A good place as any to start with just why 'Blackhat' is that dull is first-time screenwriter Morgan Davis Foehl's script. Admittedly, Foehl does have an interesting hook in exploring the notion of the modern- day criminal, who assisted by technology, can unleash lethal damage to unsuspecting targets from anywhere and anyplace in the world. These criminal acts can be as unrelated as a nuclear core meltdown in Hong Kong to an artificial run in soy futures on the U.S. commodities market. The former forms the prologue establishing the "blackhat", meaning a hacker with malicious intent, which Mann gooses for maximum visual impact in a single unbroken take, he dramatises the attack from a macro to micro perspective, culminating in a CG-ed representation of the plant's computer systems, where little blue dots become a flurry of white ones as the malware takes over.
Assembled to investigate the attack is Chinese agent Chen Dawei (Wang LeeHom), who realises early on that part of the code used to break into the Chai Wan nuclear plant was that written by him and a former MIT classmate, Nicholas Hathaway (Chris Hemsworth), back in their campus days. Besides forming an alliance with the FBI, led by agent Carol Barrett (Viola Davis), Dawei makes a request to the U.S. Department of Justice to have Nicholas, now serving time at a federal penitentiary for breaking into some of the country's financial institutions, to be released from prison. It takes one to beat one, but besides Hathaway, Dawei also enlists the assistance of his sister, Chen Lien (Tang Wei), who also happens to be a computer expert.
Following a template of a procedural, their investigation will lead them from Los Angeles to Hong Kong to Malaysia and finally to Indonesia, though most of the time is spent in the former two locations. With Stuart Dryburgh's digital cinematography, Mann tries his best to jazz up every single frame on the screen, and to his credit, makes the film look and sound more engaging than it really is. Besides the technobabble the characters are occasionally made to indulge in, this is as straightforward a narrative as any, where the good guys remain good and the bad guys, well, waiting to be hunted and, in some cases, hunted down.
Most crucially, Foehl makes some unfathomable narrative choices which severely undermine what sense of verisimilitude Mann tries to achieve in his shooting. In between reading copious lines of code, Nicholas takes down three baddies in a Korean restaurant in L.A.'s Korea- town, picks up a gun and joins a gunfight as if he were an FBI agent, and romances Dawei's sister in one of the most chemistry-free romances we've seen in recent time. That's not all the final act has him, now a wanted fugitive by the National Security Agency, and Lien, make their way from Hong Kong to Malaysia and then to Indonesia and tracking down the elusive mastermind right in his very backyard using just a sharpened screwdriver and a knife, with not a single officer of the law in either country in pursuit.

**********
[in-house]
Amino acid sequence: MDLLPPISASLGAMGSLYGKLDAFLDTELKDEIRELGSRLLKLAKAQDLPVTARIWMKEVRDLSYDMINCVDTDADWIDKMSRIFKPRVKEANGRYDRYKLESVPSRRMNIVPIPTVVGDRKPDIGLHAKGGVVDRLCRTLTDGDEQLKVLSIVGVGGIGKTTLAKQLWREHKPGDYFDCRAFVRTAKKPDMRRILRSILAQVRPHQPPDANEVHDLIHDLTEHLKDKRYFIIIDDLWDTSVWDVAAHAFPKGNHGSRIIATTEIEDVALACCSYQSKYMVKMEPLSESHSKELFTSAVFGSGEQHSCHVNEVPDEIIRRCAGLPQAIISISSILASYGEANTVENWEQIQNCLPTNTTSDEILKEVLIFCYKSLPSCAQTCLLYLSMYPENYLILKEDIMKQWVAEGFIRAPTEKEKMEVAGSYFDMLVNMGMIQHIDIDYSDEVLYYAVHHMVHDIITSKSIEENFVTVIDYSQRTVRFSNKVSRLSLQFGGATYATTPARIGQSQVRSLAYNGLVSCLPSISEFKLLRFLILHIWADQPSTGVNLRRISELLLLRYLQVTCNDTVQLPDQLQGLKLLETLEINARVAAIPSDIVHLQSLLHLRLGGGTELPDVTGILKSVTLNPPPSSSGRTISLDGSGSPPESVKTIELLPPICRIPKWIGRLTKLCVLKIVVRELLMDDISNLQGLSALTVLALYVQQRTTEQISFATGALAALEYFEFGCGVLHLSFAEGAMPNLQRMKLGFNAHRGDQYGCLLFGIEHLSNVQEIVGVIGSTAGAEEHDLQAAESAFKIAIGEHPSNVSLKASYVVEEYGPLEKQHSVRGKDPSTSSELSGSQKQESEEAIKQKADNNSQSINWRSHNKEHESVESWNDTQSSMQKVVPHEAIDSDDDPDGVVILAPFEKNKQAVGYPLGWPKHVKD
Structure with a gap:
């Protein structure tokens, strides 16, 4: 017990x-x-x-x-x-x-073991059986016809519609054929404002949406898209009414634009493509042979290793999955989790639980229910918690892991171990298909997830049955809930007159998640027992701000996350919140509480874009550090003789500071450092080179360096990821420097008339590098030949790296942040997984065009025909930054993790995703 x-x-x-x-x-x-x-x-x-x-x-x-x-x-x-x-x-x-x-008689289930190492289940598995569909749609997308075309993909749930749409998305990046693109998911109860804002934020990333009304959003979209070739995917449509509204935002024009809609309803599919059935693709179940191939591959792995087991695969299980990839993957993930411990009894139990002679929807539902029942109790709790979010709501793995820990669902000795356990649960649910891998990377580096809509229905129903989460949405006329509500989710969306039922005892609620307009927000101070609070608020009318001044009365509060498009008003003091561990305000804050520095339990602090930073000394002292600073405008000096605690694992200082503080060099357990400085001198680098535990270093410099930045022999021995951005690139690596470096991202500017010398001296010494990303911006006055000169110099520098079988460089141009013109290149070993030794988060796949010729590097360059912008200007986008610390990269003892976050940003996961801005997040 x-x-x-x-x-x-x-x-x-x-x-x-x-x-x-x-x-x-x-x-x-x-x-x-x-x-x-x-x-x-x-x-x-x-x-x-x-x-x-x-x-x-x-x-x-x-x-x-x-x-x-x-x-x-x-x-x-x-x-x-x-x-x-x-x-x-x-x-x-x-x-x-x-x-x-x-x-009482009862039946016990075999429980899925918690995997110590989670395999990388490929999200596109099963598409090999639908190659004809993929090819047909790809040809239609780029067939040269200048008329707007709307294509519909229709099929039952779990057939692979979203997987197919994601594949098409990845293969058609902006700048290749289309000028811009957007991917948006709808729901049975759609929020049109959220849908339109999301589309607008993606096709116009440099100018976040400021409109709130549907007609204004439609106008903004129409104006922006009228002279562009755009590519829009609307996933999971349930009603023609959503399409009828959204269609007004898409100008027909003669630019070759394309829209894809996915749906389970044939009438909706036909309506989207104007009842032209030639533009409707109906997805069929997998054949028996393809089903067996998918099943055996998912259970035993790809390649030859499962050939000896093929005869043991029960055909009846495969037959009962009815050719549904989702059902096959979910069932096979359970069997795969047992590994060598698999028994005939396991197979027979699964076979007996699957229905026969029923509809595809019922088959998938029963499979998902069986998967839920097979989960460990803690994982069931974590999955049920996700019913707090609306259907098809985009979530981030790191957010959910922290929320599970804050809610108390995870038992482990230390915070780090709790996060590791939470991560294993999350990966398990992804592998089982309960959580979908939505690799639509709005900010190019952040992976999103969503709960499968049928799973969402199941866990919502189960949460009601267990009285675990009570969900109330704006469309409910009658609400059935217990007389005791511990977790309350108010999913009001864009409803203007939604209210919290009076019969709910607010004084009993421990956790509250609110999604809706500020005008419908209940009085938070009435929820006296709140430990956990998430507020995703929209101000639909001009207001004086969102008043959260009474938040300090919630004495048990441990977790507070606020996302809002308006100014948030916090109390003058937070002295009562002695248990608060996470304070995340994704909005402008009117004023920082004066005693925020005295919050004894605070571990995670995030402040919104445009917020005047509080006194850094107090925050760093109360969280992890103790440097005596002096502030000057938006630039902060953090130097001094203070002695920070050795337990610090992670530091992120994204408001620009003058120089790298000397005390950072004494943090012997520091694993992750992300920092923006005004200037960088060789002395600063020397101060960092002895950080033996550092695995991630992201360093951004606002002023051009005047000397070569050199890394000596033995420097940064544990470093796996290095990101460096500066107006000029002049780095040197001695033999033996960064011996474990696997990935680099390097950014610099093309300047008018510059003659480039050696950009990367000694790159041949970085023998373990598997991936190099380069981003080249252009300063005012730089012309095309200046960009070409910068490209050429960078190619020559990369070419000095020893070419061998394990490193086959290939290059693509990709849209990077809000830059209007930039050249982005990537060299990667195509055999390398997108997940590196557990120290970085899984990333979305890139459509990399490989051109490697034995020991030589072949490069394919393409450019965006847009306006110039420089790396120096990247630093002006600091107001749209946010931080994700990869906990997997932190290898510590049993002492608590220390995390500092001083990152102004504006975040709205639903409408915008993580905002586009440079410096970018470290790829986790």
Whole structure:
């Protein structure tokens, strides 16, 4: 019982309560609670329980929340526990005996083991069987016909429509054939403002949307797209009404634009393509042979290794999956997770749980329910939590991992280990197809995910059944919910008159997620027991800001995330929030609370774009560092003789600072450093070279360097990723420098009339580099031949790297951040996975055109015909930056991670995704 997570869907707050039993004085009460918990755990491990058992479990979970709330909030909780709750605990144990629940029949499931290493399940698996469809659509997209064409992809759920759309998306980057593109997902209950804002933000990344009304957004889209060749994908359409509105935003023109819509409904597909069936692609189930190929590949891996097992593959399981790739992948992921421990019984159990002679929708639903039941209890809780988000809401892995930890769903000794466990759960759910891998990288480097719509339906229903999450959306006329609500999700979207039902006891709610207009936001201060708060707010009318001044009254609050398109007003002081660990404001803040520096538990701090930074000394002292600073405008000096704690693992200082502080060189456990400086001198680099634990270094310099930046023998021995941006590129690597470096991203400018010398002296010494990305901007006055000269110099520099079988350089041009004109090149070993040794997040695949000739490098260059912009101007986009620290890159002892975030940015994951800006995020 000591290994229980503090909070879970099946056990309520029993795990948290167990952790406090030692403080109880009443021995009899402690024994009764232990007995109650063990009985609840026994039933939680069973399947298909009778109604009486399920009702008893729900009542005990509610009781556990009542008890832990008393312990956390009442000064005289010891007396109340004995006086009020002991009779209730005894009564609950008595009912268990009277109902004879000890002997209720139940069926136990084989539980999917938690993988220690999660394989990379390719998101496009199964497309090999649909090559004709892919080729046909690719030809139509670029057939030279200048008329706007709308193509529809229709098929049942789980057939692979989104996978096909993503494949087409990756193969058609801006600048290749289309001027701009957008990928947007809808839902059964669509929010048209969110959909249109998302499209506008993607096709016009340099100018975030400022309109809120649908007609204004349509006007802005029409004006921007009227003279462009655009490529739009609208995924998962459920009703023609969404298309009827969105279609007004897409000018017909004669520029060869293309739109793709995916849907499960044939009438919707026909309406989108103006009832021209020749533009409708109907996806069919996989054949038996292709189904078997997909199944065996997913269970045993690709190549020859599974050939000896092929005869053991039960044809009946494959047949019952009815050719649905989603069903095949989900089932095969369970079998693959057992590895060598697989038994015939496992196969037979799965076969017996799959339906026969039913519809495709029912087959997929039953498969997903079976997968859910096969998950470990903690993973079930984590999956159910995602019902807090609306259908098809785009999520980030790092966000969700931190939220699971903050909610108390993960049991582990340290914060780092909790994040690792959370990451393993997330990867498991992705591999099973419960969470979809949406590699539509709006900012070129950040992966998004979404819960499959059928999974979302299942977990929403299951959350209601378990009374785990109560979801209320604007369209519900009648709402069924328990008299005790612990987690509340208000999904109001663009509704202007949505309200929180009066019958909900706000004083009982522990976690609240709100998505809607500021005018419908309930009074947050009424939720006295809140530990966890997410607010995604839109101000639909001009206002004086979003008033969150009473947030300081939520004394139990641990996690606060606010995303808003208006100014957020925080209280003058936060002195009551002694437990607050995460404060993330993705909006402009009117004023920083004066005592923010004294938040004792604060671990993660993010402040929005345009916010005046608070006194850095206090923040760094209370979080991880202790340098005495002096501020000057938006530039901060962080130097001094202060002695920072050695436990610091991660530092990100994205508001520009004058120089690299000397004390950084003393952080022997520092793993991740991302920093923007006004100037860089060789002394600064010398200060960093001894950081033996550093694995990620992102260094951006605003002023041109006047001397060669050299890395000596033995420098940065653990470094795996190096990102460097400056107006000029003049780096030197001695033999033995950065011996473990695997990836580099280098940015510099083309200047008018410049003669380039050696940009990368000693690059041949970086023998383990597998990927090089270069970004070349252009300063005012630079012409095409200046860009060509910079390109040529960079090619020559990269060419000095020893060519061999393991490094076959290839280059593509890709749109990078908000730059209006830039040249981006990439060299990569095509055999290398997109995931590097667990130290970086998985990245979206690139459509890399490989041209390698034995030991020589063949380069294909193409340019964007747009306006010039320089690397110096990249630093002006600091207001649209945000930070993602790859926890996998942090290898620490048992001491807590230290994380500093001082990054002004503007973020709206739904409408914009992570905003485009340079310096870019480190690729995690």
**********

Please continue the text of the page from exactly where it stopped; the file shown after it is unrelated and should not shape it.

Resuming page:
In between clunky lines of exposition, Mann fumbles with some of the most unimpressive staging we've seen in any of his movies. A shootout right outside the Quarry Bay MTR station sees Carol and fellow agent Mark Jessup (Holt McCallany) have almost perfect aim while the baddies (led by the nondescript Eastern European-looking Ritchie Coaster) can't seem to get much of a hit even with automatic sprays of gunfire. And as if Foehl's revelation of the mastermind and his motivations weren't anti- climactic enough, Mann underscores the monotony with a ludicrous showdown in the middle of a street festival in Jakarta where all its performers seem unfrazzled by a couple of White people walking amidst them in the opposite direction until shots are fired.
Mann's choice to shoot in the same over-exposed, sometimes low- resolution, mode as 'Collateral' and 'Miami Vice' is alternately mesmerising and frustrating. The latter is particularly so in the Korea-town fistfight, which looks like it was shot and edited on a cameraphone made five years ago; nonetheless, the same technique looks great in capturing the melange of neon-lit signboards that dot Hong Kong's Kowloon streets. Largely though, Mann sustains a moody intrigue throughout the film, complimented by a timely pulsating score by the same people who made David Fincher's 'The Social Network' sound sleek.
But these are minor consolations in a film that gets increasingly laughable in its self-seriousness, both in terms of character and narrative. It is also, like we mentioned at the start, mind- numbingly dull, content to unfold at the same languorous pace for more than two hours. Besides being a complete waste of time, it is also a wasted opportunity, failing to seize the perfect timing afforded to it by real-world events for a tense but thoughtful action thriller about the vulnerabilities of our systems to 'blackhats'. Coming from Mann, it is a huge let-down, and we might say, no better than the B-movie yarn that the similarly-themed thrillers 'The Net' and 'Hackers' were in the 90s.